In the medical technology industry, 2016 has been an exciting year for R&D. From the development of naturally moving prosthetic limbs that are controlled by the brain to the use of a needle-free vaccine delivery device in Zika trials, medical devices are becoming a major focus in the advancement of human health.
In Alzheimer’s disease, a new clinical trial has begun that uses a device worn on the patient’s head, called transcranial electromagnetic treatment, or TEMT. The device breaks down proteins that scientists believe may trigger Alzheimer’s development, and stimulates mitochondrial function.
At Drexel University, researchers have taken on the challenge of improving treatment solutions for the millions of patients who suffer from slow-healing, chronic wounds. Backed by a $3 million grant from the NIH, the research team is testing the efficacy of a battery-powered applicator that uses low-frequency ultrasound to heal wounds.
Innovations in medical technology are fueling mergers, acquisitions and strategic partnerships, resulting in a restructured competitive field. A number of consolidations, including Medtronic and Covidien and Abbott and St. Jude’s Medical, have forced Johnson & Johnson from its long-held leadership position.
With the recently passed 21st Century Cures Act, the federal government has now created an environment that will likely accelerate expansion of this already growing market. In an era of big data, wearable technologies and the Internet of Things, the new policy will likely double the size of this $300 billion medical technology industry by 2020.
One of the most interesting provisions of the bill deregulates software that uses big data to support clinical decision-making. Except for software that collects patient data or has serious adverse effects, the FDA will no longer review these devices the way they review other interventions and diagnostics. Instead, the FDA will regulate accessories based on their intended use, instead of based upon the parent device with which the accessories are associated.
The new healthcare legislation has several provisions that are intended to improve the regulatory process for bringing medical devices to market. First, it establishes a Breakthrough Devices program that gives Priority Review for devices providing “more effective treatment or diagnosis of life threatening or irreversibly debilitating human disease or conditions.” Building on the FDA’s Expedited Access Pathway, the program will help bring technology to market for conditions with no cleared or approved alternatives.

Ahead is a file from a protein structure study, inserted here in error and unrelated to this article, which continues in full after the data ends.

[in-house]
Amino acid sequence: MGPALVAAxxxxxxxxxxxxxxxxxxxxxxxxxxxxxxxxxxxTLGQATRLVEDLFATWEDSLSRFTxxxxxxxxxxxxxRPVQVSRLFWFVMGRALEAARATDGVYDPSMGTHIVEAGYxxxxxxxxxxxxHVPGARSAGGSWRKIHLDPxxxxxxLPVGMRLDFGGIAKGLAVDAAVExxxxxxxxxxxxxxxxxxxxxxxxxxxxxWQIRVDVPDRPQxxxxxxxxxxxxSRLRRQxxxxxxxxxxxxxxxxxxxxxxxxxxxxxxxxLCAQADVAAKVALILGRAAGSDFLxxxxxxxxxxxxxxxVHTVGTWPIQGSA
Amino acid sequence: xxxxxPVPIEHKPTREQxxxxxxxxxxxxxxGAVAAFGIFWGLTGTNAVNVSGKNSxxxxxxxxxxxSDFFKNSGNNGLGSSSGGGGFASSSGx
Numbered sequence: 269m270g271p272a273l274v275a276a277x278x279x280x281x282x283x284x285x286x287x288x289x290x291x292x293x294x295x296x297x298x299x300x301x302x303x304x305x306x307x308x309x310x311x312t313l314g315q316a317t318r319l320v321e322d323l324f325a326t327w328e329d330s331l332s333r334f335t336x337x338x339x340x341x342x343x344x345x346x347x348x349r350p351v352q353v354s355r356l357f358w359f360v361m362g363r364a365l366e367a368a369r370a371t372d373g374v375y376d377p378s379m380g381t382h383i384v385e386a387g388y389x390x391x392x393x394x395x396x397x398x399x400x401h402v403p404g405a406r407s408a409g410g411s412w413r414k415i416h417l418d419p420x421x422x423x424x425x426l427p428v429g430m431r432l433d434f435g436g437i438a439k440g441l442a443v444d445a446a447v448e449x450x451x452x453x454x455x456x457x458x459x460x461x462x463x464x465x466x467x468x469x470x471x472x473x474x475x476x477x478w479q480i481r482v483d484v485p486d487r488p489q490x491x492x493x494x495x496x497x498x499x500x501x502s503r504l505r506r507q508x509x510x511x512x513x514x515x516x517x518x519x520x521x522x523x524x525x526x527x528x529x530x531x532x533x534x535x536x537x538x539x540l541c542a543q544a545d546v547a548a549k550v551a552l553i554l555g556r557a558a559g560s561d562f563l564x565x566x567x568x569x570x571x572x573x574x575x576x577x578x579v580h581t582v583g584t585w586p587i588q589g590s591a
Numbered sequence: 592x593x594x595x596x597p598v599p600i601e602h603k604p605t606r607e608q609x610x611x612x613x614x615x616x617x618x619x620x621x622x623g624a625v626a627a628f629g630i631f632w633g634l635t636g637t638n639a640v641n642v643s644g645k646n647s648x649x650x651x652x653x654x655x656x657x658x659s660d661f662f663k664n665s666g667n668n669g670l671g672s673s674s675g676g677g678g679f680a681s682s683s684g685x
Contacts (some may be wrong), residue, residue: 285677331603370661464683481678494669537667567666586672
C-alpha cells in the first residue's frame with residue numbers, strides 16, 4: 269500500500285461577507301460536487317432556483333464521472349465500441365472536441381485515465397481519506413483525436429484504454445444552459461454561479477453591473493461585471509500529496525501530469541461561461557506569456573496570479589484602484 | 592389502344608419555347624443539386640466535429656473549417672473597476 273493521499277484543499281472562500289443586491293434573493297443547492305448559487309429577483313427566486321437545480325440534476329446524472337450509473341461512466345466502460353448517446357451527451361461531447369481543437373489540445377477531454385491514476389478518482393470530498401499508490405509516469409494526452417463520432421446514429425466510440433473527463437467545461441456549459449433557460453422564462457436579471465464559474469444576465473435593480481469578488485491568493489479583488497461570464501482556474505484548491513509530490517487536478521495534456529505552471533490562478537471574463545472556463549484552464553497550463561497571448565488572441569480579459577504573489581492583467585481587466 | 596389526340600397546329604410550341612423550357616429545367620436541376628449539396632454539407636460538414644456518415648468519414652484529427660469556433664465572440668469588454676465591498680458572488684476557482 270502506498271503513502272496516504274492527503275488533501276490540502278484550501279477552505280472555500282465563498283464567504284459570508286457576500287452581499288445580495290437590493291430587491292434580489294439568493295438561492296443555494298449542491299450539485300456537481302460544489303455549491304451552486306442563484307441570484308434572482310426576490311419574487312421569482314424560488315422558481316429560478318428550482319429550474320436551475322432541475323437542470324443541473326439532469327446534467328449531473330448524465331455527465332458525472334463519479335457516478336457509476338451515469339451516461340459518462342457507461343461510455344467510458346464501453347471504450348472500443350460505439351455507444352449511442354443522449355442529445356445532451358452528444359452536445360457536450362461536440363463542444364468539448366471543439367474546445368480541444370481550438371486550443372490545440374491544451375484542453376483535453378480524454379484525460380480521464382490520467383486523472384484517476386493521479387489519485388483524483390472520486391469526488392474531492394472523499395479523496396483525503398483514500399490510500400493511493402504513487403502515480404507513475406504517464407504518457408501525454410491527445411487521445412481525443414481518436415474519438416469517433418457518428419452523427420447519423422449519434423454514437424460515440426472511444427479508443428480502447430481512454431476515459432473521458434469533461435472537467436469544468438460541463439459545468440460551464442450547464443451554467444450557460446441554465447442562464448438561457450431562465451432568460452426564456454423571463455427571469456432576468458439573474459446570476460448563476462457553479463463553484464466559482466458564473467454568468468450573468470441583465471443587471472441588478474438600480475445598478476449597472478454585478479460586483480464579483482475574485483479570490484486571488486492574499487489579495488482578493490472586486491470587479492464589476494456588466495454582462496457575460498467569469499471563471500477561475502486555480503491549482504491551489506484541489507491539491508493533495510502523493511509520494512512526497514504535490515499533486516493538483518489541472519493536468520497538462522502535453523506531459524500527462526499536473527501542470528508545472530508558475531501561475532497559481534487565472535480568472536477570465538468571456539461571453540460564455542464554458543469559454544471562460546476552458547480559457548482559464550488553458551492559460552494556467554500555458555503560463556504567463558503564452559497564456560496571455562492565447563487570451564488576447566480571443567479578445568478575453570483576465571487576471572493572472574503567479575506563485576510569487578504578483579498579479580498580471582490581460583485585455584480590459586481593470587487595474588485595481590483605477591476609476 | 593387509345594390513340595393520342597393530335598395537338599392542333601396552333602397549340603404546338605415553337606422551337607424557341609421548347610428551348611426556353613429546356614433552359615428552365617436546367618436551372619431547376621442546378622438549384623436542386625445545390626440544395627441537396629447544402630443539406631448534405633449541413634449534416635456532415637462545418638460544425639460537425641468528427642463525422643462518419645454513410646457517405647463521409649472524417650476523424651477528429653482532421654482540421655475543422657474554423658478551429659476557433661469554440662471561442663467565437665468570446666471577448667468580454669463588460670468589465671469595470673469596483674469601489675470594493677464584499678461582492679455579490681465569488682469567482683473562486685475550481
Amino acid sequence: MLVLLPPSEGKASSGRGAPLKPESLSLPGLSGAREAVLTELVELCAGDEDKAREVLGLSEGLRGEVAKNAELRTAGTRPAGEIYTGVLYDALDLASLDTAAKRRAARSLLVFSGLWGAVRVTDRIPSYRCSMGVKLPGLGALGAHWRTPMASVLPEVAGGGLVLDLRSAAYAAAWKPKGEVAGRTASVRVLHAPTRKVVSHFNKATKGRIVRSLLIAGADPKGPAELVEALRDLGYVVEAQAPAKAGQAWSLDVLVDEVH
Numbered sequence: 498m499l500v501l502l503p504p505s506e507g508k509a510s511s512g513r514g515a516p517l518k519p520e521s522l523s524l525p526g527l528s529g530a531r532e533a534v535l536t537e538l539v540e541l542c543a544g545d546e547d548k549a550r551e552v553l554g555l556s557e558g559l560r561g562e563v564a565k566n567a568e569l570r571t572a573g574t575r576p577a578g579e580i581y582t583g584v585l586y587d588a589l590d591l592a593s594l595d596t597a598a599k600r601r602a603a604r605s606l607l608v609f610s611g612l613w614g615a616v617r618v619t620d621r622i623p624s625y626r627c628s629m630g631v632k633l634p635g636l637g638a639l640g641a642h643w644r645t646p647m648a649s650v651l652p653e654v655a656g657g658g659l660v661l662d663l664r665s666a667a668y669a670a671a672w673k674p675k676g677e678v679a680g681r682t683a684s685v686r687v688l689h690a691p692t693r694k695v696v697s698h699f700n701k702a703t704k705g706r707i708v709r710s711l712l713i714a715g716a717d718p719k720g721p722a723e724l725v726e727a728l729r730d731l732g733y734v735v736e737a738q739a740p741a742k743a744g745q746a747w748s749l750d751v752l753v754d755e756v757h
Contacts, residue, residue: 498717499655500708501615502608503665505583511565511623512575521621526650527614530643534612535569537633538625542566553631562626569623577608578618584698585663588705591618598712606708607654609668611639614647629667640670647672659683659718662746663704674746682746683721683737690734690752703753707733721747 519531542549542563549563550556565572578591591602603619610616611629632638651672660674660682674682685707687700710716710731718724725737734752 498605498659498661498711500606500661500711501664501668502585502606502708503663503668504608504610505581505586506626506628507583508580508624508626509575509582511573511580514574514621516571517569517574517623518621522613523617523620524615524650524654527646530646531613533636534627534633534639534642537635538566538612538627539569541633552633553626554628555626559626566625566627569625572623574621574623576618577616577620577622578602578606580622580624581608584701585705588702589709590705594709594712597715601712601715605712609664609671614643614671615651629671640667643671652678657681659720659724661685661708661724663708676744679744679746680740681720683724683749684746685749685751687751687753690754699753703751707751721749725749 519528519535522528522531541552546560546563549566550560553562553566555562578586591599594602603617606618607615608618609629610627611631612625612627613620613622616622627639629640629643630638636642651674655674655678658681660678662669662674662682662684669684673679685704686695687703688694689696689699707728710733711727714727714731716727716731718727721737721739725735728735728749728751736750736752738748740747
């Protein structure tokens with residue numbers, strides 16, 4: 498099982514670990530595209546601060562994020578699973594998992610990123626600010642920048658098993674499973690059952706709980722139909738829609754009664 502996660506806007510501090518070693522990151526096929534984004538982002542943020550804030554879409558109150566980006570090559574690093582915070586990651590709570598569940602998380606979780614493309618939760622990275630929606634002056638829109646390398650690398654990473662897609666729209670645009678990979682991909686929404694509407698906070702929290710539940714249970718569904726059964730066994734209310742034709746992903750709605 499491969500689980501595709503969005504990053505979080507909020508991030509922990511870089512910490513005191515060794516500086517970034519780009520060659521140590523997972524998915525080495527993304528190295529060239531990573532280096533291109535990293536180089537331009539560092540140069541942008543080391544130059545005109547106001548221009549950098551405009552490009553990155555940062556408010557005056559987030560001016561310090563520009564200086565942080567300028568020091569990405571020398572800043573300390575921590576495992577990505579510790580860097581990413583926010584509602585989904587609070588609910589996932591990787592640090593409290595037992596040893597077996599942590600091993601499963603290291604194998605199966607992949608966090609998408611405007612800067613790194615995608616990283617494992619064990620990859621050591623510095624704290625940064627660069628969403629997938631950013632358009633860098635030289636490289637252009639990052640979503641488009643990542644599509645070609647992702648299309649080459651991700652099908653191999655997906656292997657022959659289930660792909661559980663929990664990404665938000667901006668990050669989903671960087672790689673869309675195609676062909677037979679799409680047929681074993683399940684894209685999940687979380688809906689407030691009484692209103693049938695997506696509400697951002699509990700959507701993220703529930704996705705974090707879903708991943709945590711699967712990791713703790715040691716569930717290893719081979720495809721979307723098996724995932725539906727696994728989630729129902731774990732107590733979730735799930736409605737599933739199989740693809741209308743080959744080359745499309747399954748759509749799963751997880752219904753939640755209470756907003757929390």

Second, the bill expands the FDA’s Humanitarian Device Exemption program, which allows approval for devices that address rare diseases. The revised program will double the limit, allowing approval of devices for conditions that affect up to 8,000 people annually.
Other provisions of the bill include shortening certain types of rulings to 60 days, exempting some IVD tests from routine inspections and ensuring review panels have “adequate expertise” to assess the disease that the device is intended to cure, treat, mitigate, prevent or diagnose, as well as the device’s technology.
Although the jurisdiction of the new law only applies to the U.S., the impact of the legislation will be felt globally. Besides being the largest medical devices consumer, the U.S. leads the world in the production of medical devices. With the combination of innovation and supportive new policies, much of the world will benefit from both the development and commercialization of new medical technologies.
Matthew Howes is executive vice president, Strategy & Growth for PALIO, an inVentiv Health company. A leader in digital strategy, he has provided the fuel for digital businesses visited by more than 100 million people every month. Email email@example.com.
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